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Member Since 27 Oct 2009
Offline Last Active Dec 10 2009 12:26 AM

Posts I've Made

In Topic: Motor Efficiency

08 December 2009 - 12:51 PM

QUOTE (Broshi @ Dec 7 2009, 09:54 AM) <{POST_SNAPBACK}>
I am new to this forum and likes it very much. Few issues I would like to comment:
1. If you have only one value for motor efficiency, it is the maximum, which is notmally at 75% load (not 100%). Standard motors are less efficiennt under 100% load than 75% load.
2. Normally, when replacing low efficiency motor with high efficiency one, while the motor is loaded, the energy consumption will increase due to the reduced slip for high efficiency motors that causes the motor to do more work. This doesn't say I don't recommend high efficiency motors - they are very important - but we must understand the results.
3. The power factor and efficiency of motors are chnaged depending on the motor load. Some explanations can be found at an article at Energy Central.

Regards, Broshi

thanks for the replies guys ... i have a few more questions if you don't mind ...

1. are the efficiency of motors made in the 70's and 80's only maximum 70% because of the technology then ? (construction, material, etc)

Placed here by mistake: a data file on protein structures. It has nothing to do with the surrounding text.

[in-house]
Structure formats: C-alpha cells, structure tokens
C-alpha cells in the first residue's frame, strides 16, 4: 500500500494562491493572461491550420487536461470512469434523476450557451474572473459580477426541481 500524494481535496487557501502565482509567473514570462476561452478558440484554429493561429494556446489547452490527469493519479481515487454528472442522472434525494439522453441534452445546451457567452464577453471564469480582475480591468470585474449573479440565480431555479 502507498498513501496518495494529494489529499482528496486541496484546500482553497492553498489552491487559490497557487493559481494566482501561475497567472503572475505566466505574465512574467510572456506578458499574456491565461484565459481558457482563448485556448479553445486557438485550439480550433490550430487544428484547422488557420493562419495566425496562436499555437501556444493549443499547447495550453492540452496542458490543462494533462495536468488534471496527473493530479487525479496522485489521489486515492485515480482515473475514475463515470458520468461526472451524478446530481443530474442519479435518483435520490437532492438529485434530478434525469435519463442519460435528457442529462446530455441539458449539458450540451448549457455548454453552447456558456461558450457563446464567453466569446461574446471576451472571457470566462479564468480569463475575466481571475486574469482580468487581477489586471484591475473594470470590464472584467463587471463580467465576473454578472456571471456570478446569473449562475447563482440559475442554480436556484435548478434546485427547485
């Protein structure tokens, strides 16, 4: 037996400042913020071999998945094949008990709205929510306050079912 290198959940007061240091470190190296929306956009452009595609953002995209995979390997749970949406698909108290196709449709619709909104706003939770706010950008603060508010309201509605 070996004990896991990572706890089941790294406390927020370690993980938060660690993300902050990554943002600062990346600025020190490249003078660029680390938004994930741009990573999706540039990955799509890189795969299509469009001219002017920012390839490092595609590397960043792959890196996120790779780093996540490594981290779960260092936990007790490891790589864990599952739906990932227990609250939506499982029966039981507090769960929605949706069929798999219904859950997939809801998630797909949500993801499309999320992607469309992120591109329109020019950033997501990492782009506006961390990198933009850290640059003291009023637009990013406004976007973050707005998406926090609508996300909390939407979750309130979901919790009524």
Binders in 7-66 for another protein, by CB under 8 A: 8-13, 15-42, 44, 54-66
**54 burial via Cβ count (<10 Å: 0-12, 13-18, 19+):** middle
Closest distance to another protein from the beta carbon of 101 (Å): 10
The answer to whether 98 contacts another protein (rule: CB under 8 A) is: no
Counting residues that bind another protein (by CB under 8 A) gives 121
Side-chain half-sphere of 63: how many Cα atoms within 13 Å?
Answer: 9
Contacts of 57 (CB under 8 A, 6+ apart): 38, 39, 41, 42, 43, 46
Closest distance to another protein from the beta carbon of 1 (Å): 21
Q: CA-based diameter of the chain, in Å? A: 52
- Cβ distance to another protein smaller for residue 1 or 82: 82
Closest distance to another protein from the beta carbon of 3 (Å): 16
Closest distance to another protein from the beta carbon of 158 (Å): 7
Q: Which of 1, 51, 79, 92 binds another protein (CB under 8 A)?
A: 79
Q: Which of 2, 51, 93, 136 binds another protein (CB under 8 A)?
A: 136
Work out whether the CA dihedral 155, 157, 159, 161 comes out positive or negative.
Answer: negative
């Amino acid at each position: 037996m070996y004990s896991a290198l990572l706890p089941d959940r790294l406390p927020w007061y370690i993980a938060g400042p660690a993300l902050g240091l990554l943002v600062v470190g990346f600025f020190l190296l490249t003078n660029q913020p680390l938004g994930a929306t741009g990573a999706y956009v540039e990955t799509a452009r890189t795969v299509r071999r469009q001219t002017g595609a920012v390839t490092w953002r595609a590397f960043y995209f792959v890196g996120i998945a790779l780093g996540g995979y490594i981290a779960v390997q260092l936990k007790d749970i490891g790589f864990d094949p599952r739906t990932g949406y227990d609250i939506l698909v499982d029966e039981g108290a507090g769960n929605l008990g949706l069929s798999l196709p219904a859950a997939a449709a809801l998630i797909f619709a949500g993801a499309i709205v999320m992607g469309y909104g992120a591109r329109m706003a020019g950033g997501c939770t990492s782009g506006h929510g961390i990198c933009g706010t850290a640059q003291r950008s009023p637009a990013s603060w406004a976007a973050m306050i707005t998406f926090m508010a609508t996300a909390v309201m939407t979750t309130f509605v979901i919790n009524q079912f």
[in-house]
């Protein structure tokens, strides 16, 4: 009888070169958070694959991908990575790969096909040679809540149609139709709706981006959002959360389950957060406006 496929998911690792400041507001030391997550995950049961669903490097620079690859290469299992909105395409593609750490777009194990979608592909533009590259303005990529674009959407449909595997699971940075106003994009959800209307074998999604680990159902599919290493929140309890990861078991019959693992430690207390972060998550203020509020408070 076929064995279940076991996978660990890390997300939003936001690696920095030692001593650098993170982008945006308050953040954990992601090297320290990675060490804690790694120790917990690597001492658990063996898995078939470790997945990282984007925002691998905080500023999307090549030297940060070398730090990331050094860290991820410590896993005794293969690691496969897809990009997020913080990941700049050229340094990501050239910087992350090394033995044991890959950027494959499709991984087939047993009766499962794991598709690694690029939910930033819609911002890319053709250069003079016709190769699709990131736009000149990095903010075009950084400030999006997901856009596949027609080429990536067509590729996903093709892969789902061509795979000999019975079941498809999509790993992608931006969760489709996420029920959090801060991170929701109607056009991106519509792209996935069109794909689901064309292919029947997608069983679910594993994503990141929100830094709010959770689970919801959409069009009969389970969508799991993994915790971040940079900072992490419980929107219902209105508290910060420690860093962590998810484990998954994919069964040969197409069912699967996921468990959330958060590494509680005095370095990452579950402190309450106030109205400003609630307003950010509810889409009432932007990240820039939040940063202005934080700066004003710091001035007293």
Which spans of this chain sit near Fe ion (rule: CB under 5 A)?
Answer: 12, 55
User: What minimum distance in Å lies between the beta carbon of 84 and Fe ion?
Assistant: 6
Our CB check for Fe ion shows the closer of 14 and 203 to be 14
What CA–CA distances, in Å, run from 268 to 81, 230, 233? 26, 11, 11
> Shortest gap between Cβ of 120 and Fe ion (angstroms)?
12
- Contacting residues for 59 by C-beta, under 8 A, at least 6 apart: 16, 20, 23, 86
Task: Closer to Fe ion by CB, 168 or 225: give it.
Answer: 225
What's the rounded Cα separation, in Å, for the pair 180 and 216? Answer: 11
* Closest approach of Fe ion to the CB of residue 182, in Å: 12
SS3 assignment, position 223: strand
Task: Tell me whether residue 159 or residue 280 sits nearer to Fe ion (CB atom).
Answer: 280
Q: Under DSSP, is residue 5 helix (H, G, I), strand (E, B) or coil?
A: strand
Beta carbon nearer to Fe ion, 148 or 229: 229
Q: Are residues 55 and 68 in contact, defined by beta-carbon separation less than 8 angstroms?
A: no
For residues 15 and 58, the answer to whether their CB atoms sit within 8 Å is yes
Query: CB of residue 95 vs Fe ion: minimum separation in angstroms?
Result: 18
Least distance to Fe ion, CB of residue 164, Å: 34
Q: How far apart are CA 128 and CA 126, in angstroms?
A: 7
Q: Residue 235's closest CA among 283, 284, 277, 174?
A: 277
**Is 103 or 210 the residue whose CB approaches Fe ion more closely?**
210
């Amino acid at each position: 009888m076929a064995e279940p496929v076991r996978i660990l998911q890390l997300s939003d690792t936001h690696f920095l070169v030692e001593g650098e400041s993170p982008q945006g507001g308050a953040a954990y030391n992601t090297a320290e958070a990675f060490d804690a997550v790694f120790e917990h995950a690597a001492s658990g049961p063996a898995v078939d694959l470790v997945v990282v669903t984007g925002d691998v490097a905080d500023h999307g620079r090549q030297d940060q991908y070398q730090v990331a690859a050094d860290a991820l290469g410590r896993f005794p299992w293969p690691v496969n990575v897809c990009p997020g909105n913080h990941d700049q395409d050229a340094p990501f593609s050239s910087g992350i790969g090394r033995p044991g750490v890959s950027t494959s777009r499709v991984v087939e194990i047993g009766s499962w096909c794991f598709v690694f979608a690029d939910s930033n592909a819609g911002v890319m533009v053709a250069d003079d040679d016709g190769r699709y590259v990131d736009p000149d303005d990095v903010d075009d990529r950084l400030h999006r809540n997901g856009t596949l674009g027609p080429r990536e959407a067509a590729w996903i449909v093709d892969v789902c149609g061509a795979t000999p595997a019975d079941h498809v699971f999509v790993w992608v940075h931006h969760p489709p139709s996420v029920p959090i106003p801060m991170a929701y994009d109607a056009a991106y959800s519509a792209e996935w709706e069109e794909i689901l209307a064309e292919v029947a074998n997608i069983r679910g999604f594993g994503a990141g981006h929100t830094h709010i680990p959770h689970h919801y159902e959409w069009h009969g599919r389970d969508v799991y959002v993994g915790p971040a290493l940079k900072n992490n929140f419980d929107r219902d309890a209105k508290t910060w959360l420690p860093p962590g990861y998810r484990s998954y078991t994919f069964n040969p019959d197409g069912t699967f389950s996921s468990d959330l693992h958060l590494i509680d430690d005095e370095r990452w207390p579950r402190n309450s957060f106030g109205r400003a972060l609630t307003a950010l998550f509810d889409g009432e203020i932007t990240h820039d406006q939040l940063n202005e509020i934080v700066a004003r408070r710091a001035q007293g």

2. can the efficiency of old motors be lower than 50% ?

thanks in advance


In Topic: Motor Efficiency

28 October 2009 - 12:45 AM

QUOTE (marke @ Oct 27 2009, 06:51 PM) <{POST_SNAPBACK}>
Hello ronnieal

No not directly. You can use the no load current as an indicator of iron loss, but not actual numbers. If the no load current is high, then the core flux will be high and the iron loss will be high. Typically, large two pole machines will have a no load current of around 20 - 25%. If the no load current is higher than this, then the iron loss will be higher, but this does not directly relate to overall efficiency.
The full load speed is another indicator. A motor with a high full load slip has a lower efficiency than a motor with a lower full load slip.

Best regards,

thanks Mark. we are trying to jsutify replacing an old 1980's motor with a new EFF1 motor but the problem is the factory is not running at the moment due to rehabilitation and we want to replace the old motor because we believe that it wastes energy ...

any ideas on how we can justify ? thanks

In Topic: Motor Efficiency

27 October 2009 - 07:16 AM

QUOTE (kens @ Jun 14 2006, 11:13 PM) <{POST_SNAPBACK}>
Hi CSTEOH, often the motor will not have the efficiency on the name plate but you can still get a pretty good idea from the information that is there. Our 15 kW motor name plate may have the following data
15 kW 400V 50Hz 1460 rpm 29A p.f. .82. These are all rated at full load. We first need to calculate our kW input from this data so kW =√3 x V x I x cosΦ/ 1000 or 1.732 x 400 x 29 x .82 / 1000 = 16.47 kW. Efficiency = Input Power / Output Power so 16.47 / 15 = .91 or 91%. If you don't have the efficiencies listed you can use the above to get a pretty good idea about different motors performance.

can we find out motor efficiency by using no load current ? if this can be done, what formula can we use ?

we are trying to measure efficiency of a new eff1 motor vs an old pagemaker motor) both are rated 75hp 220V